A new study reveals that adolescents aged 12 to 17 living with mothers who are current smokers or who have had a major depressive episode in the past year are far more likely to smoke than adolescents not living under these circumstances.
The study was sponsored by the Substance Abuse and Mental Health Services Administration (SAMHSA) as part of its strategic initiative on data and outcomes – an effort to create integrated data systems that help inform policy makers and providers on behavioral health issues.
The new study shows that adolescents living with mothers who currently smoke were nearly three times more likely to take up smoking than adolescents living with non-smoking mothers (16.9 percent versus 5.8 percent). Similarly, adolescents living with mothers who have suffered from a major depressive episode in the past year were almost twice as likely to take up smoking as adolescents not living in that situation (14.3 percent versus 7.9 percent).
In addition the study revealed adolescents living with mothers who had a major depressive episode and were current smokers were more than four times more likely to smoke than adolescents living with mothers who had neither of these conditions (25.3 percent versus 5.6 percent).
More than 1 in 4 (25.6 percent) of adolescents live with mothers who currently smoke and nearly 1 in10 adolescents (9.7 percent) live with mothers who have experienced a major depressive episode in the past year. About 1 in 27 (3.7 percent) of all adolescents live with mothers with both of these conditions.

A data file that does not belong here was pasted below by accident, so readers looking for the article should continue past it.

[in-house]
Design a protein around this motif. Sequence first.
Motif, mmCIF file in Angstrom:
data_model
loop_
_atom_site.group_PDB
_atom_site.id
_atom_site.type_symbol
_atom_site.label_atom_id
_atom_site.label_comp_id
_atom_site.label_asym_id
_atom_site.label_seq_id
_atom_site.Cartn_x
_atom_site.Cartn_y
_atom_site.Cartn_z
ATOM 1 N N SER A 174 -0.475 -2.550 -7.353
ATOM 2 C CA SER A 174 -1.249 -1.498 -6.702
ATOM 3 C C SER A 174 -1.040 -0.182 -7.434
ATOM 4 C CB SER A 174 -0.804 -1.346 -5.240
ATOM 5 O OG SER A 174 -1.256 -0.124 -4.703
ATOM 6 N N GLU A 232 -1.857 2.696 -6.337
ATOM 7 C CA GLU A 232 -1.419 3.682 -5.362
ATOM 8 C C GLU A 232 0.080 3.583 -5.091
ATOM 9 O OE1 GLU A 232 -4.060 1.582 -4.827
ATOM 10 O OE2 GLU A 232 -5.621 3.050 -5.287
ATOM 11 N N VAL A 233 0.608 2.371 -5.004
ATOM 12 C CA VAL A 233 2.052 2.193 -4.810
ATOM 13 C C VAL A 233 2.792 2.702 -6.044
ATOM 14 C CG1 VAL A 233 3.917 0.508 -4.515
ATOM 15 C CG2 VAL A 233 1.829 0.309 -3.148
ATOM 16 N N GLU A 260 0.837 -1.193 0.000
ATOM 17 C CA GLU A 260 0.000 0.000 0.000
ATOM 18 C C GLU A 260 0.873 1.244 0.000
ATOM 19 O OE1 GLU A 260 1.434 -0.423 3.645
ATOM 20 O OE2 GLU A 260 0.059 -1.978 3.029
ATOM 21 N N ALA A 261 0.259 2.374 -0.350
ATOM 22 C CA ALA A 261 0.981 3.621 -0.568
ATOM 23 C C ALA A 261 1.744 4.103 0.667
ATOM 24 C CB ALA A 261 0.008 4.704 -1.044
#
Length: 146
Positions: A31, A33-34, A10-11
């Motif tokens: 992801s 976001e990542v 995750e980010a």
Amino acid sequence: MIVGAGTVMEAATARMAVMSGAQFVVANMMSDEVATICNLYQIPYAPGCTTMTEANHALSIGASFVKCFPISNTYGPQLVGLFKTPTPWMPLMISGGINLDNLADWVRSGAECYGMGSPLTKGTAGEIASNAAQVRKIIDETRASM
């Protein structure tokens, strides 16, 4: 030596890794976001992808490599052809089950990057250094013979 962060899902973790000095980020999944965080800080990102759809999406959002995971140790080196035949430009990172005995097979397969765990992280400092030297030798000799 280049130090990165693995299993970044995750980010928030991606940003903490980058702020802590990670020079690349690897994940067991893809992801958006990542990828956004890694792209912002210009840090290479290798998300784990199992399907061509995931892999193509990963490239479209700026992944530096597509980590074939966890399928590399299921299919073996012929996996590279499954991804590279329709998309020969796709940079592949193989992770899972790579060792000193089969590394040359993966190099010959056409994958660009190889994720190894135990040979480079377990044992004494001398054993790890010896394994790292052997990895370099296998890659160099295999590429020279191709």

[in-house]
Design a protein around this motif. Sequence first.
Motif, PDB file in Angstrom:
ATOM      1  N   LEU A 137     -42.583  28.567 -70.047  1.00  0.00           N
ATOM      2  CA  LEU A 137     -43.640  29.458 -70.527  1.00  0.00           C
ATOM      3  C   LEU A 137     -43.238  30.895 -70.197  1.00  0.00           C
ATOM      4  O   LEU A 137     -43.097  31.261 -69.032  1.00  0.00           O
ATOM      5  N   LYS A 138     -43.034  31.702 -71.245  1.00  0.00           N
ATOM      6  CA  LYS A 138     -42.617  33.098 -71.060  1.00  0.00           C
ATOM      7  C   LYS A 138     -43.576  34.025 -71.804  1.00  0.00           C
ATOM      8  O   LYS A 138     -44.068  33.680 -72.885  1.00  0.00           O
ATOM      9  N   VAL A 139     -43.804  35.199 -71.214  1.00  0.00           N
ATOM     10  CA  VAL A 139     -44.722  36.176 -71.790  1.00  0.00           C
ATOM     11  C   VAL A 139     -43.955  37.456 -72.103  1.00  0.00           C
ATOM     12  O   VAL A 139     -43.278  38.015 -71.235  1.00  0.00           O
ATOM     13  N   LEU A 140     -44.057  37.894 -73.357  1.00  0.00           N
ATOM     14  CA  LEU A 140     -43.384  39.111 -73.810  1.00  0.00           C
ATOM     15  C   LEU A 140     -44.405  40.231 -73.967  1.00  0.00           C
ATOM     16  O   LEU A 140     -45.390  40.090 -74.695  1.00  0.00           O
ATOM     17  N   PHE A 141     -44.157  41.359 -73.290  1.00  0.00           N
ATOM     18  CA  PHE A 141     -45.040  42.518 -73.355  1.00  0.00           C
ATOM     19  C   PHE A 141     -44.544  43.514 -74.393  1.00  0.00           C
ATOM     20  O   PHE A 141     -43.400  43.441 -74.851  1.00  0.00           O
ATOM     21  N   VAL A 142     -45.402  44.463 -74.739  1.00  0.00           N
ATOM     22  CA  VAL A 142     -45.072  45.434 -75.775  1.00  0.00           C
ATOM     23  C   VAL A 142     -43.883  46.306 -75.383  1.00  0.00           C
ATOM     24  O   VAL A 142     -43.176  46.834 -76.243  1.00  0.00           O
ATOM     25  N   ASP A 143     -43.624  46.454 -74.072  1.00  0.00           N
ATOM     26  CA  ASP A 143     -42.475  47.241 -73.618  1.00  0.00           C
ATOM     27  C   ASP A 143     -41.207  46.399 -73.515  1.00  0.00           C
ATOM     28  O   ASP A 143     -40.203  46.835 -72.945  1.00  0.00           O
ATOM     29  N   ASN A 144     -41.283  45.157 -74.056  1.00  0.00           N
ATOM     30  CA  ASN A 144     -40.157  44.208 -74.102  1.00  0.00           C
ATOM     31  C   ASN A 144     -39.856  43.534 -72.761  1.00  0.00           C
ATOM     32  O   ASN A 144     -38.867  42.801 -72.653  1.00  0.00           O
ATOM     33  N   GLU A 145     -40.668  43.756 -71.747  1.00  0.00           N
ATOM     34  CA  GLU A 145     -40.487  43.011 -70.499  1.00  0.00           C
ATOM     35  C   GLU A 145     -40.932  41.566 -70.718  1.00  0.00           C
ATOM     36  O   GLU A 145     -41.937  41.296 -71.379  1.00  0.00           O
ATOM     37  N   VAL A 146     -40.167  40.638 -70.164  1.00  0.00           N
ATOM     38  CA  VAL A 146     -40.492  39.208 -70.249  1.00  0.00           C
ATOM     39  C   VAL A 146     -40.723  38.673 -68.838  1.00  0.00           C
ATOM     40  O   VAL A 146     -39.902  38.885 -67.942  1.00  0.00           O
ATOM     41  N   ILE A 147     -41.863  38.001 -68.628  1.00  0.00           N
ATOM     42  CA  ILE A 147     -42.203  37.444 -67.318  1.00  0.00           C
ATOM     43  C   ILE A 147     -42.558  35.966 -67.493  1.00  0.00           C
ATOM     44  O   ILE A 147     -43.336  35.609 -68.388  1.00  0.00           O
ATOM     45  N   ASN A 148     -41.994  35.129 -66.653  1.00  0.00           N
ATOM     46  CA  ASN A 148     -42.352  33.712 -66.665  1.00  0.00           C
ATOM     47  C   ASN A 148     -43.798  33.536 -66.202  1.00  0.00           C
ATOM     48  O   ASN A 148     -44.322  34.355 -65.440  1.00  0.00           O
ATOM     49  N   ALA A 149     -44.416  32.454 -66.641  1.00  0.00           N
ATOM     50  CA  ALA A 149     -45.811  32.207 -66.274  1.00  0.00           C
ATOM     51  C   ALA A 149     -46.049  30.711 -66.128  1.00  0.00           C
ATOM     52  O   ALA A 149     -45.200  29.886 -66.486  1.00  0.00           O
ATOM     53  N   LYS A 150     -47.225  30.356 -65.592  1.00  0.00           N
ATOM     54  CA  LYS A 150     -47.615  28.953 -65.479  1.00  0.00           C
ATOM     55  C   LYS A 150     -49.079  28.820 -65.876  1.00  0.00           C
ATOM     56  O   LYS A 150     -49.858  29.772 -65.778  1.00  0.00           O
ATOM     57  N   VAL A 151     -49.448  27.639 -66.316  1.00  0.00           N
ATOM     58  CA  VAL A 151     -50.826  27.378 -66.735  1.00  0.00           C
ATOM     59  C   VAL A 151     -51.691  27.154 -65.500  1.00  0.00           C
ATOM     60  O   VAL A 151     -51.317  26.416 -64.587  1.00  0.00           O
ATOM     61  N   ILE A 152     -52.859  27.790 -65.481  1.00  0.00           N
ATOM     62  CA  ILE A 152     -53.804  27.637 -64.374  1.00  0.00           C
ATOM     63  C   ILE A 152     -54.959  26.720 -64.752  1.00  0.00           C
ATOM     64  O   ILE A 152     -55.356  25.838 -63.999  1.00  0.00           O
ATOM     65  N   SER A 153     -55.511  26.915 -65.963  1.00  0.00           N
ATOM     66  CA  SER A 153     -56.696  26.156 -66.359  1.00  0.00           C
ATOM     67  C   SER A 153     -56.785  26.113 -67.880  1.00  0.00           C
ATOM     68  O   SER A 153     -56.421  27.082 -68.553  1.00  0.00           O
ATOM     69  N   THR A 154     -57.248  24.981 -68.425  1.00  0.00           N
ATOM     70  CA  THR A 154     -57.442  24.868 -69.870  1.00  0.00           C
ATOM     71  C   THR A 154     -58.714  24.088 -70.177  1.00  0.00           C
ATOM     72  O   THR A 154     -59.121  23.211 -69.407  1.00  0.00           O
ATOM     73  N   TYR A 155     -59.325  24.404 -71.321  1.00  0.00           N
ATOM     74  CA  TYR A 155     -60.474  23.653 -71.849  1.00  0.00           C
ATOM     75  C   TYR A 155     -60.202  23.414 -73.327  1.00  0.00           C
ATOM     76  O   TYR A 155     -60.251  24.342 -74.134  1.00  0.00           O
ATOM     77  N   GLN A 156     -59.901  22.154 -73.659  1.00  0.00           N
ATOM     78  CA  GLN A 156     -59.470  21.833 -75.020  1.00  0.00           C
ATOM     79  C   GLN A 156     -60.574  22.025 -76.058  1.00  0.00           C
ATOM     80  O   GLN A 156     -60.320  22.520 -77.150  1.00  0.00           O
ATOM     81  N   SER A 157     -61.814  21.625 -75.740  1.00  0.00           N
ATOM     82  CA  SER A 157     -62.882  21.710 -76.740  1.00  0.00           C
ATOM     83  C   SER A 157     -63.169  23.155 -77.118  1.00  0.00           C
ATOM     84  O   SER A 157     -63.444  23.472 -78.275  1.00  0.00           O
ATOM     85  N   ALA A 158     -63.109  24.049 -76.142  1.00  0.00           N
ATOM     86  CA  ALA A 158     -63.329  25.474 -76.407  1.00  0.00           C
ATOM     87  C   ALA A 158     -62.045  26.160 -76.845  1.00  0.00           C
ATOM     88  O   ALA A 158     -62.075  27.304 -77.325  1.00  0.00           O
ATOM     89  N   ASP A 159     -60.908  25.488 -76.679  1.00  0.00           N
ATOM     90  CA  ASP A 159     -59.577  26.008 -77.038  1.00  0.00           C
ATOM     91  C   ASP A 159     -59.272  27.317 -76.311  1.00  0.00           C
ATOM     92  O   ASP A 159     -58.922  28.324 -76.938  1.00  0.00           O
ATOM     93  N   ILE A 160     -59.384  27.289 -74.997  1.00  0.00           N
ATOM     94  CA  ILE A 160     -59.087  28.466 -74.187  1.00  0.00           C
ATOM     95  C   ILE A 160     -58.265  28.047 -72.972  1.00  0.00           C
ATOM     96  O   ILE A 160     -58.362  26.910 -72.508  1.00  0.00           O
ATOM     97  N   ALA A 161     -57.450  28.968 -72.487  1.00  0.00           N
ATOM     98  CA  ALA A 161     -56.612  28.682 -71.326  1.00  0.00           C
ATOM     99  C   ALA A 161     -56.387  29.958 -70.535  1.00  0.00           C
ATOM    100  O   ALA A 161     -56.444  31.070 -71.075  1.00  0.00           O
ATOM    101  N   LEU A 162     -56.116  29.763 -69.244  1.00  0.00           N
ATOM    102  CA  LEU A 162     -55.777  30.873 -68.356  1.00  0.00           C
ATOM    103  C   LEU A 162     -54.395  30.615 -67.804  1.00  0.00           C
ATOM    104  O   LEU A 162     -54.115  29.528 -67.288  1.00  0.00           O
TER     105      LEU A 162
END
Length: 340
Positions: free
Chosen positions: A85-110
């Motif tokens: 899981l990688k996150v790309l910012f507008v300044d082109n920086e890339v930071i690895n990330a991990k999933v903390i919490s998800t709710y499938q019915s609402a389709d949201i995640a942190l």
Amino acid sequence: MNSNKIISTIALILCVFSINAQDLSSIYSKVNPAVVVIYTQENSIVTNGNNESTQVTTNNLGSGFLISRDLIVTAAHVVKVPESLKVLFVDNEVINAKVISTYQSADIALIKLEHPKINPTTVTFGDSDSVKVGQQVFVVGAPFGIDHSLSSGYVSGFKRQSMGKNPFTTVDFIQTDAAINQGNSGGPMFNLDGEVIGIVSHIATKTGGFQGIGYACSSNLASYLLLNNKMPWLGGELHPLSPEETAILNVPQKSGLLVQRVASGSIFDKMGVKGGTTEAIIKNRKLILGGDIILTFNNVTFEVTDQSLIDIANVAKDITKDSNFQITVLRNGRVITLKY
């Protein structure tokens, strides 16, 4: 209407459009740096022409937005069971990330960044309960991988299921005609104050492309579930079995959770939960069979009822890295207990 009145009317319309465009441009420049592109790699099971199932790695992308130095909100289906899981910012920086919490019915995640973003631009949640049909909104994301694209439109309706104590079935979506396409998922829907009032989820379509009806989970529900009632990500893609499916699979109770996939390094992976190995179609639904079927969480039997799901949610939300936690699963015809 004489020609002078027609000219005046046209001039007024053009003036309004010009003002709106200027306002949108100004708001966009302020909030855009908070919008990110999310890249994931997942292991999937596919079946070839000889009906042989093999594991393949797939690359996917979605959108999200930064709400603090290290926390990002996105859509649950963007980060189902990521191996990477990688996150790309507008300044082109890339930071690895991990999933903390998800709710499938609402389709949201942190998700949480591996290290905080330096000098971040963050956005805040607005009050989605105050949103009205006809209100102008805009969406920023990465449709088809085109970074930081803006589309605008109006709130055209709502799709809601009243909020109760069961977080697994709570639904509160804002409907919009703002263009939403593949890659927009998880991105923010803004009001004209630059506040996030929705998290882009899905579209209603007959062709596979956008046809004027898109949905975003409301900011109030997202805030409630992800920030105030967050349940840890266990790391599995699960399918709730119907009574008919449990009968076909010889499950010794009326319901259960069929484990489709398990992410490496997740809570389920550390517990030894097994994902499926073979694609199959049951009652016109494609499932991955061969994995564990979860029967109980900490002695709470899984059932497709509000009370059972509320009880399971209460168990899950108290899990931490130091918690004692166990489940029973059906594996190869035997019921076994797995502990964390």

“These findings highlight factors that influence smoking among adolescents. It also suggests that prevention of smoking requires attention to multiple risk factors, including mental illness in the family,” said SAMHSA Administrator Pamela S. Hyde, J.D. “Knowing the factors that contribute to smoking helps to design and implement the best approach towards prevention and well-being.”
These new data occur against the backdrop of an overall decline in past month smoking rates among adolescents — from 13.0 percent in 2002 to 9.3 percent in 2008. Despite this progress, however, an estimated 1.4 million persons aged 11 to 17 started smoking in the in the past 12 months.
Adolescent Smoking and Maternal Risk Factors is based on data collected during 2005 to 2007 from SAMHSA’s National Survey on Drug Use and Health which collected samples from 7, 359 mother-child pairs. The full report is available on line at http://oas.samhsa.gov/2k10/166/166SmokingMoms.cfm . For related publications and information, visit http://www.samhsa.gov/.
Media Contact: SAMHSA Press Office